Photo courtesy of Teva

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Photo by Mike Coppola/Getty Images

"Focusing on innovative materials will allow the company to explore new boundaries of creative design"

Prada Group has announced that Prada, as well as all of its brands, will now be fur-free. According to a press release from the Humane Society, Prada, Miu Miu, Church's, and Car Shoe will ban the use of fur beginning with the Spring/Summer 2020 collection (aka the Fashion Week coming up next). The list of fashion designers banning fur only continues to grow, with 3.1 Phillip Lim, Coach, Armani, Versace, Gucci, and more having stopped using the material in seasons past.

"The Prada Group is committed to innovation and social responsibility, and our fur-free policy—reached following a positive dialogue with the Fur Free Alliance, in particular with LAV and the Humane Society of the United States—is an extension of that engagement," Miuccia Prada told the Human Society. "Focusing on innovative materials will allow the company to explore new boundaries of creative design while meeting the demand for ethical products."

Following London Fashion Week designers forgoing the use of fur in September and the first-ever Vegan Fashion Week taking place in February, it's easy to imagine an entirely fur-free fashion future. It's especially easy, I presume, for the brands to consider a fur-free future, given that entire cities and states are taking a stance. New York is following in the footsteps of Los Angeles banning fur, with a bill proposed this March that would ban sales across New York State.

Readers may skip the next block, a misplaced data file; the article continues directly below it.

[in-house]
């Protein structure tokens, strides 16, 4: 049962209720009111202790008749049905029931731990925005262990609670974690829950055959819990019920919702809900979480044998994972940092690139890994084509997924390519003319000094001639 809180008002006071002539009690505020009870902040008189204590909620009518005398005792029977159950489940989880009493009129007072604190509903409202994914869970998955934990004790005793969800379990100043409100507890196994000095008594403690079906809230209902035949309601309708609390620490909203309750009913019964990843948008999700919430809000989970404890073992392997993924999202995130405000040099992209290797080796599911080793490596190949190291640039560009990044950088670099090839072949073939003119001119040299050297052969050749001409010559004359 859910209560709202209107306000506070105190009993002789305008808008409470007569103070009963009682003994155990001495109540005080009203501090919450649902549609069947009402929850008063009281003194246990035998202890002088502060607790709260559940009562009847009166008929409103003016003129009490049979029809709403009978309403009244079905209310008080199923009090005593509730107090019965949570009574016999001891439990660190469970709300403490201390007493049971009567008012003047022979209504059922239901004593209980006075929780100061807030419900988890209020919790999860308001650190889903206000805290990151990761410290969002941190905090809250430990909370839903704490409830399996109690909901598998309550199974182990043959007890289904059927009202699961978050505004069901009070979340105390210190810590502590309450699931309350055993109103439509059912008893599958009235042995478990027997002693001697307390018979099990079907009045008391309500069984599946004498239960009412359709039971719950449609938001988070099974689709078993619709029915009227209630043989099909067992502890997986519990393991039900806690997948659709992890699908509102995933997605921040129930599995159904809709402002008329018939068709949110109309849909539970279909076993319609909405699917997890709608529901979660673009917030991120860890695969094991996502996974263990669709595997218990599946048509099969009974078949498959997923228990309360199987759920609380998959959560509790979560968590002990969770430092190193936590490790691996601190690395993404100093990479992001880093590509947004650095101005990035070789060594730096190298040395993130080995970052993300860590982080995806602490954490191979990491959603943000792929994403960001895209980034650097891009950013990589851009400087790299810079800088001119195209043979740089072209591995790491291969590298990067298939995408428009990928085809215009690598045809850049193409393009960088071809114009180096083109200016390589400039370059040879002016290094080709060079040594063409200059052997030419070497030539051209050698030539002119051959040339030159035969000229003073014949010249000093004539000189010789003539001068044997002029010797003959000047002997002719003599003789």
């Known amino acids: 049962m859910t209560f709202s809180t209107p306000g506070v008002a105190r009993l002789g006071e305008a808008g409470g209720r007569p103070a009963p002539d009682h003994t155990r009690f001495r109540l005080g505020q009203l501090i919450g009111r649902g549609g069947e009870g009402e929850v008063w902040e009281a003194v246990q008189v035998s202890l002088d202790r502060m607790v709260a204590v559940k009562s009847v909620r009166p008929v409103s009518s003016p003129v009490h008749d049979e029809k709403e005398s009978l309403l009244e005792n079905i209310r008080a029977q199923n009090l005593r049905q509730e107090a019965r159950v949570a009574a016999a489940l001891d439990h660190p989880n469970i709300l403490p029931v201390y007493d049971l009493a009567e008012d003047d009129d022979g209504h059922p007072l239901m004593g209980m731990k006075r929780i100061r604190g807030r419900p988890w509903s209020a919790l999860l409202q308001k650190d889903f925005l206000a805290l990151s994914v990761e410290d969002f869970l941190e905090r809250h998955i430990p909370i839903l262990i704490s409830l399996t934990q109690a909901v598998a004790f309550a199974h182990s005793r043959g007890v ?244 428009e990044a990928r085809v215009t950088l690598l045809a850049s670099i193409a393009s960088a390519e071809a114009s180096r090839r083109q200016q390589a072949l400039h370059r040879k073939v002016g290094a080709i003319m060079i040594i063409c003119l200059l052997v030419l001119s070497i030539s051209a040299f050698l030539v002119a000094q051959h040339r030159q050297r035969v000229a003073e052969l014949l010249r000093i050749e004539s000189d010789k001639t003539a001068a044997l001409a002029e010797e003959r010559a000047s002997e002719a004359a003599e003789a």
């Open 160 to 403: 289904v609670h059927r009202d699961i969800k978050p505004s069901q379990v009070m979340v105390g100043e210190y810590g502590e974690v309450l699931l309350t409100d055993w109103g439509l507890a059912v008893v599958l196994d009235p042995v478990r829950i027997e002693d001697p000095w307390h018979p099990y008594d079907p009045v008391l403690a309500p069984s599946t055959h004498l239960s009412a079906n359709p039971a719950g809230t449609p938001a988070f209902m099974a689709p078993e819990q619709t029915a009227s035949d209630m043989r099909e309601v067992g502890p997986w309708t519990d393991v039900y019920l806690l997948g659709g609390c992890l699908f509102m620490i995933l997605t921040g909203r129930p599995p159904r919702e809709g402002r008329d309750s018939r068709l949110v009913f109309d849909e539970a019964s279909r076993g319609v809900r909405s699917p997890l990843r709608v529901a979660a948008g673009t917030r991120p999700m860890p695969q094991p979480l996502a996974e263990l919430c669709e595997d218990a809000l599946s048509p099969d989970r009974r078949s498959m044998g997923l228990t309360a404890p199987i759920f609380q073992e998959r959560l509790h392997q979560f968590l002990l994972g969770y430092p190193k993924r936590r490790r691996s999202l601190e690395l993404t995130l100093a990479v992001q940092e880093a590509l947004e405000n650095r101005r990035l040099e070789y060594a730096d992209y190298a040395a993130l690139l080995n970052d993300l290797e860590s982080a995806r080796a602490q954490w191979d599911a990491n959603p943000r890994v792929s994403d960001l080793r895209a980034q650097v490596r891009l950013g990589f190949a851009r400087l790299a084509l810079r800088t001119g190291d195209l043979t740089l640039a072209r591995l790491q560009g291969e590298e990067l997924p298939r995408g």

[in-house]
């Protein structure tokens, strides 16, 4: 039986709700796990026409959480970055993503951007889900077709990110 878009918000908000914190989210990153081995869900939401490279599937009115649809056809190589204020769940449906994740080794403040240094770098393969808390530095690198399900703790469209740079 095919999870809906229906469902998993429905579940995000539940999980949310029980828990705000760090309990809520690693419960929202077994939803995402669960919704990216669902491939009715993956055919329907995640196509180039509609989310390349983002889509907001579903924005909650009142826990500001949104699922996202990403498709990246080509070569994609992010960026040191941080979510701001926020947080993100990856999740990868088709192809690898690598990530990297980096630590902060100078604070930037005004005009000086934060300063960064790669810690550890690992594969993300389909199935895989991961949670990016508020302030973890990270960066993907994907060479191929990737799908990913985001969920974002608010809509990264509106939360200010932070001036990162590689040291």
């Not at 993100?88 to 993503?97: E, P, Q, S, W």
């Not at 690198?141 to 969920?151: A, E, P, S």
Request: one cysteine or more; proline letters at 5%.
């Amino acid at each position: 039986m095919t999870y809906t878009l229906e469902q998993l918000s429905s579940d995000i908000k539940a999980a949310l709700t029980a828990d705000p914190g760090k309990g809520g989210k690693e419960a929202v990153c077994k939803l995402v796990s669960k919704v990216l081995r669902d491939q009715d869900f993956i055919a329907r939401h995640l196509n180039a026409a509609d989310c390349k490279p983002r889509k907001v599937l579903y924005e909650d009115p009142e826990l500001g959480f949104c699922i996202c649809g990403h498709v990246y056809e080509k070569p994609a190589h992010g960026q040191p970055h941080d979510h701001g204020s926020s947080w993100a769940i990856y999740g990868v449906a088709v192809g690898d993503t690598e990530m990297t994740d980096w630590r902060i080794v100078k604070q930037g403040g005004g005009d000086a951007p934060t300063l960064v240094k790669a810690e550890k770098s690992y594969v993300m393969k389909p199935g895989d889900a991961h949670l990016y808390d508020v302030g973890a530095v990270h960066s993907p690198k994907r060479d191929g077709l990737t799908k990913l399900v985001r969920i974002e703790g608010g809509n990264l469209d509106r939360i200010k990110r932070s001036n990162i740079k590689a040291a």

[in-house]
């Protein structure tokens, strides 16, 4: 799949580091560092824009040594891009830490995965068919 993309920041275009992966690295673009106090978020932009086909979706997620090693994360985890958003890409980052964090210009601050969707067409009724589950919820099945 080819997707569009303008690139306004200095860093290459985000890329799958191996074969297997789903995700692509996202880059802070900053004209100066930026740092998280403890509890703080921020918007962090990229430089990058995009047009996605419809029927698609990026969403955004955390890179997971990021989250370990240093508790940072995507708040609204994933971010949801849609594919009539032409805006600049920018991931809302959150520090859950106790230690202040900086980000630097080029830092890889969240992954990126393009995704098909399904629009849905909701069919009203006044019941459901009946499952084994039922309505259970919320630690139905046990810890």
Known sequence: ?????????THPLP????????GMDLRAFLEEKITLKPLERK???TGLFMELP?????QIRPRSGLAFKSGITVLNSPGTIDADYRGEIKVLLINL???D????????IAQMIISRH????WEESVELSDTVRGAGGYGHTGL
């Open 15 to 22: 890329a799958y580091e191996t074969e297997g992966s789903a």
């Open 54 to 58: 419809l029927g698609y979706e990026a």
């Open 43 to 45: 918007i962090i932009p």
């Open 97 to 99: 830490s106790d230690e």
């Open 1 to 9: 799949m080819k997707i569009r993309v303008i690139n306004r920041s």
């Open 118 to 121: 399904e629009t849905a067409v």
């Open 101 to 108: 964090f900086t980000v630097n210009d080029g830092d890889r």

Photo by Johnny Dufort

"Club leisure" is the new athleisure

Alexander Wang is recognizing clubbing as the workout that it truly is with his latest Adidas collaboration. In this fifth installment, he "changes gears," per a press release from the brand, taking the iconic sports brand to the dance floor.

For the new campaign, the collection comes to life in iconic choreographer Tanisha Scott's dance studio and stars dancers Noemi Janumala, Dakota Moore, Avi McClish, and Olivia Burgess. The dancers show just how far these clothes can go when you want to bust a move or stretch, but TBH, I'll leave these poses to the pros and just use my clothes for flexing on the 'gram.

The collection—which features six apparel items, three shoes, and six accessories—features, per a press release, "Wang's knack for pre-styling." Standouts from the mostly black-and-white items include a silver sneaker that was *made* for moonwalking, an airy windbreaker that has just the right dash of bright blue with the scattered Adidas trefoil design, and a towel hoodie that you won't feel bad sweating in.

Ahead of the May 25 collection drop online and in stores, peep the gorgeous campaign images below.

Photo by Johnny Dufort

Adidas Originals by AW, Sweatshirt in Black, $250, available starting May 25 at Adidas; Adidas Originals by AW, Towel, $80, available starting May 25 at Adidas; Adidas Originals by AW, Joggers, $250, available starting May 25 at Adidas; Adidas Originals by AW, Turnout BBall Shoes, $250, available starting May 25 at Adidas.

Photo by Johnny Dufort

Adidas Originals by AW, Towel Hoodie, $350, available starting May 25 at Adidas; Adidas Originals by AW, Sock Leggings, $60, available starting May 25 at Adidas; Adidas Originals by AW, Adilette Slides, $90, available starting May 25 at Adidas.

Photo by Johnny Dufort

Adidas Originals by AW, Futureshell Shoes in Platinum Metallic, $250, available starting May 25 at Adidas.

Photo by Johnny Dufort

Adidas Originals by AW, Sweatshirt in Core White, $280, available starting May 25 at Adidas; Adidas Originals by AW, Shorts in Core White, $120, available starting May 25 at Adidas.

Photo by Johnny Dufort

Adidas Originals by AW, Sweatshirt in Black, $250, available starting May 25 at Adidas; Adidas Originals by AW, Bum Bag, $50, available staring May 25 at Adidas; Adidas Originals by AW, Towel, $80, available starting May 25 at Adidas; Adidas Originals by AW, Turnout BBall Shoes, $250, available starting May 25 at Adidas; Adidas Originals by AW, Duffle Bag, $70, available starting May 25 at Adidas.